Collab Projects · Episode Reviews

Anime x Lit Crit: Vampires & Valentines – Toradora! 03

Welcome to installment 3 of my collaboration with Negative Primes! Read about girls beating up their weaknesses in Toradora! here (and violation of sacred boundaries in Shiki here and here).

toradora 3.1 restaurant waitress

Ryuji postulates that Minori has family issues to take care of when he learns that she’s juggling multiple part-time jobs at once, and Taiga responds by warning him to “stop assuming things.” Wow, this was said like it was for me. To be honest, I thought the same thing as Ryuji in regards to Minori’s jobs. I was also one to assume that Minori had feelings for Ryuji and that Kitamura didn’t for Taiga…

toradora 3.1 assumptions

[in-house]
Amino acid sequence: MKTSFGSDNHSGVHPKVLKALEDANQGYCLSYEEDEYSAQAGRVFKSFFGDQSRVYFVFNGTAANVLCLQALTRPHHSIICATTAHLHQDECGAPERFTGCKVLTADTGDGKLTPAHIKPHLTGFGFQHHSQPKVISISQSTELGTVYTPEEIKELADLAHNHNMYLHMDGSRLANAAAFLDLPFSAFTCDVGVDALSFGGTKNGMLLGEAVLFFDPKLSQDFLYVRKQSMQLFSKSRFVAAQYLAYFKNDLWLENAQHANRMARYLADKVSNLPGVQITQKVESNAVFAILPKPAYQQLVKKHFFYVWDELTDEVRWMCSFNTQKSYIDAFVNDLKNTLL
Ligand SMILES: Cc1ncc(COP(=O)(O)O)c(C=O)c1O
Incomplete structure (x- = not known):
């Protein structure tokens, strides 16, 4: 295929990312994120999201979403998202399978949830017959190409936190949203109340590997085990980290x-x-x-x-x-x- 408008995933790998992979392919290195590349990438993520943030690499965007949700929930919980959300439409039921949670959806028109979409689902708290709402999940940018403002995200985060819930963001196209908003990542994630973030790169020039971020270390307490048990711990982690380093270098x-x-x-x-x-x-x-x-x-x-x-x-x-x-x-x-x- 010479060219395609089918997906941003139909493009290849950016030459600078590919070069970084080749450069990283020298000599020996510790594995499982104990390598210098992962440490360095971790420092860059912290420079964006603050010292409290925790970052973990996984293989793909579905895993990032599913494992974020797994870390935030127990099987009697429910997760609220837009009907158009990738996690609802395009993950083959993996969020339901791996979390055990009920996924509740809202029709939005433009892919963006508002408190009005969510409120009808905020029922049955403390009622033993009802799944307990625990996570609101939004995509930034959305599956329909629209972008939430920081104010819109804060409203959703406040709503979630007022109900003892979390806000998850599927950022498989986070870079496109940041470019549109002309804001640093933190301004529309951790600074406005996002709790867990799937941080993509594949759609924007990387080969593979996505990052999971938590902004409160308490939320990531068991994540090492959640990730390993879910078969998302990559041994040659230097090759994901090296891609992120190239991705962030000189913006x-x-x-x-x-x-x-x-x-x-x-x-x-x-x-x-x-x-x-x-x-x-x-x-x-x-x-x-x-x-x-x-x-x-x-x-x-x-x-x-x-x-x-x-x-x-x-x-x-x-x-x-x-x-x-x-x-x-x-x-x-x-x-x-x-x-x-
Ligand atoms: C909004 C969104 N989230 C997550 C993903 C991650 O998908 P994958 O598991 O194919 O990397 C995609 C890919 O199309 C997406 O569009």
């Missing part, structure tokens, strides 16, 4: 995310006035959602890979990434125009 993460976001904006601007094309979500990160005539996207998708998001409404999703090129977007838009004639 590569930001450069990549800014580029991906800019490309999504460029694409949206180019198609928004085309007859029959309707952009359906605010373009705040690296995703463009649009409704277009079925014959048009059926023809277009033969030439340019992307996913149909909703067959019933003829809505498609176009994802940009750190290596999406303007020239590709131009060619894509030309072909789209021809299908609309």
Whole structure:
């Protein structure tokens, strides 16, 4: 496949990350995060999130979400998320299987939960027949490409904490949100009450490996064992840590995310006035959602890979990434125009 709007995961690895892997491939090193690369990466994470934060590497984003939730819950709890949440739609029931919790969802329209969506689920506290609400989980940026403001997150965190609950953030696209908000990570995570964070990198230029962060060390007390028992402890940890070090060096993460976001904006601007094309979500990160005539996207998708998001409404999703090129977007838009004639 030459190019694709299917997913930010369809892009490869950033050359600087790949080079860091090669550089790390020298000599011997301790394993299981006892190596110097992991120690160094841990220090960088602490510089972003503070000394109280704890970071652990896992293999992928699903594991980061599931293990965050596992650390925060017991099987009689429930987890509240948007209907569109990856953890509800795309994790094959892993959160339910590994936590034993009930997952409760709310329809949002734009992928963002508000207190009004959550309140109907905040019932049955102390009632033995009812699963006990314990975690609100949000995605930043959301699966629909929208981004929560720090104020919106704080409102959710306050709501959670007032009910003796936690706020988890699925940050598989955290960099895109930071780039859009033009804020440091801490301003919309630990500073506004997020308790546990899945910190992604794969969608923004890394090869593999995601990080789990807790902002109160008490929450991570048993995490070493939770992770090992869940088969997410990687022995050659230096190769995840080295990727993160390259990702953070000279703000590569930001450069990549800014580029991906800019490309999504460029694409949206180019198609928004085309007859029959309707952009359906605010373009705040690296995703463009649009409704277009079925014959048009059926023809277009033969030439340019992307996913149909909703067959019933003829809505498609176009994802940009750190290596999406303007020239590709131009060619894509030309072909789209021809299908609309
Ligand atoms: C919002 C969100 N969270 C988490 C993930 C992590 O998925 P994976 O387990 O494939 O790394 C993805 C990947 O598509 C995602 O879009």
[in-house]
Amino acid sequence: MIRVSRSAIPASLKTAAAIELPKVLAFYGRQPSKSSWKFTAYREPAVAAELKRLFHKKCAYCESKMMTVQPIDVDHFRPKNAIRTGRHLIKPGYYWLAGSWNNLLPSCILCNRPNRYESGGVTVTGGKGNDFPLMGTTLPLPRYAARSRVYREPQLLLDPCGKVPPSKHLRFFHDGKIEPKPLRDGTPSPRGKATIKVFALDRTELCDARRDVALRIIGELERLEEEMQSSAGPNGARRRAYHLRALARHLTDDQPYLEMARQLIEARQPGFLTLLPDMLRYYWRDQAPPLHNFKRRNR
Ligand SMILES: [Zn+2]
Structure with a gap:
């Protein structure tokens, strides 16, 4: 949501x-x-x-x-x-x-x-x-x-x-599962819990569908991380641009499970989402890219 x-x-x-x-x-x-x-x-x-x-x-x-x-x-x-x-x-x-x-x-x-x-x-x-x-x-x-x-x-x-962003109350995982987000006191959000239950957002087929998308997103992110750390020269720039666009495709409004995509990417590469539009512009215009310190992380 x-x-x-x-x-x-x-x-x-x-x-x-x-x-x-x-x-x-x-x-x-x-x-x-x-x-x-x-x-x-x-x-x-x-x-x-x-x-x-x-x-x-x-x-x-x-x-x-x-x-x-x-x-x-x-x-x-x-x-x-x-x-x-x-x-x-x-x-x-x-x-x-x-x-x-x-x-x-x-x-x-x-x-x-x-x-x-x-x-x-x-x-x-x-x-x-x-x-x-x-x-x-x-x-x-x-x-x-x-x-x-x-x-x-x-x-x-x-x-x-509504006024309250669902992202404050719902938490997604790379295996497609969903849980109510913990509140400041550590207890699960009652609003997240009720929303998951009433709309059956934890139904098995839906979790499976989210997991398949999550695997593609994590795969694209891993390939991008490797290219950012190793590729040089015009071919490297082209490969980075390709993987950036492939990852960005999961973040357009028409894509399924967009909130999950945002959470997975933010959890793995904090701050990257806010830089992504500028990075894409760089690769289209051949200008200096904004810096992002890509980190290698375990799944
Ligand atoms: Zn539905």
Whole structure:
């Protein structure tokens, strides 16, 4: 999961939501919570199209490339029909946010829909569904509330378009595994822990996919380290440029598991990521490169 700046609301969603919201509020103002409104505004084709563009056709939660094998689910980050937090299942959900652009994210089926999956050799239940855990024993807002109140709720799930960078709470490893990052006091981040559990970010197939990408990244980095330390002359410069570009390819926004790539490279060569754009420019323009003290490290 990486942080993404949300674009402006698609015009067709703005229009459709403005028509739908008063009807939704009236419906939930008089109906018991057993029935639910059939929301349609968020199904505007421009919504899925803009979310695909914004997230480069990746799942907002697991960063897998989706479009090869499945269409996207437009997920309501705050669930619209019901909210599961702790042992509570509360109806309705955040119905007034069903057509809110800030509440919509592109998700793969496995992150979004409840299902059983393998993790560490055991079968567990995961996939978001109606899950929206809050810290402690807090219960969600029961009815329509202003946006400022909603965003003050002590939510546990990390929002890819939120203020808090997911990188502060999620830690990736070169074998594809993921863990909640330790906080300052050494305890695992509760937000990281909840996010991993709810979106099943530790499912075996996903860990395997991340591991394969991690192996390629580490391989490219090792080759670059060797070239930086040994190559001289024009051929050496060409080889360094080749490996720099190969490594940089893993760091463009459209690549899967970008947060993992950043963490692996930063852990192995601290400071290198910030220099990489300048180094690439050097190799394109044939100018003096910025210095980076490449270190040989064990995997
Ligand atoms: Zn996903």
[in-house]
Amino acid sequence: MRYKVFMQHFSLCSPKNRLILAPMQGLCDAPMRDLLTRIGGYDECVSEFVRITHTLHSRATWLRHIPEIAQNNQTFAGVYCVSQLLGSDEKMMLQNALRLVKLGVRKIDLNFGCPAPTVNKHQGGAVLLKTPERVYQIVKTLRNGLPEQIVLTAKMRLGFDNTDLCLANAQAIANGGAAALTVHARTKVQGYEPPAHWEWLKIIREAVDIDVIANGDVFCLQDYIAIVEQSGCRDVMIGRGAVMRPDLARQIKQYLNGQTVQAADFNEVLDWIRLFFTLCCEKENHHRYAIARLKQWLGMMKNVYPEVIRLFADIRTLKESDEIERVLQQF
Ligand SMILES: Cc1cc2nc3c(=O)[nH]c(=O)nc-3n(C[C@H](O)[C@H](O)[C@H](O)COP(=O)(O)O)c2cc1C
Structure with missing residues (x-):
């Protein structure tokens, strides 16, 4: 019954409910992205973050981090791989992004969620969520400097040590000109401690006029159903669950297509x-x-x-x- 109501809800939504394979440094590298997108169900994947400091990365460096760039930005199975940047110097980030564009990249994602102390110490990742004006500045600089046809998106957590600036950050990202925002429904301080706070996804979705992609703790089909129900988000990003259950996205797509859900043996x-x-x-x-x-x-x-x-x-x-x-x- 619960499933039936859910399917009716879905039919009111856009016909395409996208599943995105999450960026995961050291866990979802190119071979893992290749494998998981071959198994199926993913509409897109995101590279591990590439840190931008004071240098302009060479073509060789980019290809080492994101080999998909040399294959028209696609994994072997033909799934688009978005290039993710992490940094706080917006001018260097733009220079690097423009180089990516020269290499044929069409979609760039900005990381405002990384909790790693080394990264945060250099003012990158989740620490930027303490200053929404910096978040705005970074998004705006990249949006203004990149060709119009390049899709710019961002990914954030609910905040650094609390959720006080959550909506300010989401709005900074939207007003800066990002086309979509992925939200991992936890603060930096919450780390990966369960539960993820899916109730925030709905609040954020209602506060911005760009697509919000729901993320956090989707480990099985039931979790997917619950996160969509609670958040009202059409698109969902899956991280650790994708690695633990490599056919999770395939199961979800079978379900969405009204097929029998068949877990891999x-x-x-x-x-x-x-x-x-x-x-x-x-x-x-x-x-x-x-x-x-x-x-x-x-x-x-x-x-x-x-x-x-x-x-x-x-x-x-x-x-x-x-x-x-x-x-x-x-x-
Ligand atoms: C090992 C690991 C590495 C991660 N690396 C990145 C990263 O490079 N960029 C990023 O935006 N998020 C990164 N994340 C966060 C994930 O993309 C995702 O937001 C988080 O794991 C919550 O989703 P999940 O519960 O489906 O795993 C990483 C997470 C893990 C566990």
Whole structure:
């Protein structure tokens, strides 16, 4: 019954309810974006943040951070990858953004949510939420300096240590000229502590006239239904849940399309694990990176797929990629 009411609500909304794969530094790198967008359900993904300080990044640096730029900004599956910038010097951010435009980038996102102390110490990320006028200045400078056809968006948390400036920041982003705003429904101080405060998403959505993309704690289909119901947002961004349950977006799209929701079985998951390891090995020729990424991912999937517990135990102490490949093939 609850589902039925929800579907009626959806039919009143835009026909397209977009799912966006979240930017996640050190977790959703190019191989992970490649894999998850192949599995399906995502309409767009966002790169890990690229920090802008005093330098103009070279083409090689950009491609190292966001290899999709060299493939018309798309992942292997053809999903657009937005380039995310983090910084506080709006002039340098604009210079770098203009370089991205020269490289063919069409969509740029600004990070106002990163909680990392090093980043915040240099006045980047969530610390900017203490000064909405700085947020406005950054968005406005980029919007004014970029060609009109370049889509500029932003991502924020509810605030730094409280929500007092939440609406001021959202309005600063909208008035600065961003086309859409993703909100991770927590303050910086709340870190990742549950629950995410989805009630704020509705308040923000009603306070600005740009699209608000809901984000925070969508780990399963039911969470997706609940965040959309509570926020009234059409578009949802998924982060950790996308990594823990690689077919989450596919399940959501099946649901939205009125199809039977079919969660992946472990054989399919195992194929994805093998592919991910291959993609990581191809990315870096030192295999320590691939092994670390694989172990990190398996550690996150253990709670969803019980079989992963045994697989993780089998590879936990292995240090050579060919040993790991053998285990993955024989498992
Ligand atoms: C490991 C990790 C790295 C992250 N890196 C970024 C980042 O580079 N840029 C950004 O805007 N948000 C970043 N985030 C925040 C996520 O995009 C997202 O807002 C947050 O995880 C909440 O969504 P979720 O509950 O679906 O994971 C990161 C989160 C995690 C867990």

Taiga’s warning implies that Ryuji has assumed other things in the past or has the tendency to assume things. This probably applies the most to his infatuation for Minori and her cheerfulness at this point, as Minori is obviously a more complex character than that (more on this later). Does Ryuji assume things about Taiga? The main thing he thinks about Taiga seems to be that she needs to be babied. This is true up to this point, so maybe it’s not about Ryuji mis-assuming, but Taiga’s need to overturn this assumption.

Primes: I think you’re right: It makes sense that Ryuji habitually assumes things about others—as do we, the viewers. And part of the delight of this story is how it rips those assumptions apart. Maybe it’s just a guy thing, but I see my high school/college self in Ryuji, assuming the cheerful, high-performing all-star girls were the ones that had it all together and would make the best partner. Some life experience later, I now know that the biggest smiles are often bridges across the widest chasms in broken hearts. And we’re all broken: The only question is, do we acknowledge it?